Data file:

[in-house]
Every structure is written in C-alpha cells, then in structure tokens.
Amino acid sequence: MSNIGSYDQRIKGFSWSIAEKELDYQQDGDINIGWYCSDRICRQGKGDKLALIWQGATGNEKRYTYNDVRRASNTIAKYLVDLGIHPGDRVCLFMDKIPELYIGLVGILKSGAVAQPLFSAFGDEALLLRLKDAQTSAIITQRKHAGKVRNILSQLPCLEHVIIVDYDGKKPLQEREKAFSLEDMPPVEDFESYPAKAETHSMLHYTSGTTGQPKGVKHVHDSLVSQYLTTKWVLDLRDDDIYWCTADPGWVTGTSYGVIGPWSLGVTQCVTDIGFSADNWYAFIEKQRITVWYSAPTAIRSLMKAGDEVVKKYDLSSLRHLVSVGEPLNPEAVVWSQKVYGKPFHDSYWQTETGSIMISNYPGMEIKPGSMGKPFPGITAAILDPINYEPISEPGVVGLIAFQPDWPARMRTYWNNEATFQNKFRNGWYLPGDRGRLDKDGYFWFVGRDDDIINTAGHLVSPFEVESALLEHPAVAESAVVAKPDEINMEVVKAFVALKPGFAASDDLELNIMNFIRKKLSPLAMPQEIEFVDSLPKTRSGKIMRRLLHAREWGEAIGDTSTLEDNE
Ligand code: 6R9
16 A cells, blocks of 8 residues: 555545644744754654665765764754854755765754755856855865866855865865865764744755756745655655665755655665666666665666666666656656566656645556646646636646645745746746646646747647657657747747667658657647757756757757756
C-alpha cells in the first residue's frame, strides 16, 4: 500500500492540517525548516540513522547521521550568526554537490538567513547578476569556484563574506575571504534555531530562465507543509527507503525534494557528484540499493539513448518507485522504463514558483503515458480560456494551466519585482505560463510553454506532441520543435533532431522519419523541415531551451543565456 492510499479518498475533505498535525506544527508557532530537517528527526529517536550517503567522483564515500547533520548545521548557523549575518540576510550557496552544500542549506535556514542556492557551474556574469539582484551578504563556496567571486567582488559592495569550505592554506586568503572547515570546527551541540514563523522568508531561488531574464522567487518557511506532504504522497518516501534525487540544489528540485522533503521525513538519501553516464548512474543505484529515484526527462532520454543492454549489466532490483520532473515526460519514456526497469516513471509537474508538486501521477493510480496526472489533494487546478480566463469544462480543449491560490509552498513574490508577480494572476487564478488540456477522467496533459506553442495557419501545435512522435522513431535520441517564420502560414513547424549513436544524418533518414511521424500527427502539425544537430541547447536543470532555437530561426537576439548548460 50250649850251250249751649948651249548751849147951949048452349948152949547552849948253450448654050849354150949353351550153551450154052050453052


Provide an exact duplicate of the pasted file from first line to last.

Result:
[in-house]
Every structure is written in C-alpha cells, then in structure tokens.
Amino acid sequence: MSNIGSYDQRIKGFSWSIAEKELDYQQDGDINIGWYCSDRICRQGKGDKLALIWQGATGNEKRYTYNDVRRASNTIAKYLVDLGIHPGDRVCLFMDKIPELYIGLVGILKSGAVAQPLFSAFGDEALLLRLKDAQTSAIITQRKHAGKVRNILSQLPCLEHVIIVDYDGKKPLQEREKAFSLEDMPPVEDFESYPAKAETHSMLHYTSGTTGQPKGVKHVHDSLVSQYLTTKWVLDLRDDDIYWCTADPGWVTGTSYGVIGPWSLGVTQCVTDIGFSADNWYAFIEKQRITVWYSAPTAIRSLMKAGDEVVKKYDLSSLRHLVSVGEPLNPEAVVWSQKVYGKPFHDSYWQTETGSIMISNYPGMEIKPGSMGKPFPGITAAILDPINYEPISEPGVVGLIAFQPDWPARMRTYWNNEATFQNKFRNGWYLPGDRGRLDKDGYFWFVGRDDDIINTAGHLVSPFEVESALLEHPAVAESAVVAKPDEINMEVVKAFVALKPGFAASDDLELNIMNFIRKKLSPLAMPQEIEFVDSLPKTRSGKIMRRLLHAREWGEAIGDTSTLEDNE
Ligand code: 6R9
16 A cells, blocks of 8 residues: 555545644744754654665765764754854755765754755856855865866855865865865764744755756745655655665755655665666666665666666666656656566656645556646646636646645745746746646646747647657657747747667658657647757756757757756
C-alpha cells in the first residue's frame, strides 16, 4: 500500500492540517525548516540513522547521521550568526554537490538567513547578476569556484563574506575571504534555531530562465507543509527507503525534494557528484540499493539513448518507485522504463514558483503515458480560456494551466519585482505560463510553454506532441520543435533532431522519419523541415531551451543565456 492510499479518498475533505498535525506544527508557532530537517528527526529517536550517503567522483564515500547533520548545521548557523549575518540576510550557496552544500542549506535556514542556492557551474556574469539582484551578504563556496567571486567582488559592495569550505592554506586568503572547515570546527551541540514563523522568508531561488531574464522567487518557511506532504504522497518516501534525487540544489528540485522533503521525513538519501553516464548512474543505484529515484526527462532520454543492454549489466532490483520532473515526460519514456526497469516513471509537474508538486501521477493510480496526472489533494487546478480566463469544462480543449491560490509552498513574490508577480494572476487564478488540456477522467496533459506553442495557419501545435512522435522513431535520441517564420502560414513547424549513436544524418533518414511521424500527427502539425544537430541547447536543470532555437530561426537576439548548460 50250649850251250249751649948651249548751849147951949048452349948152949547552849948253450448654050849354150949353351550153551450154052050453052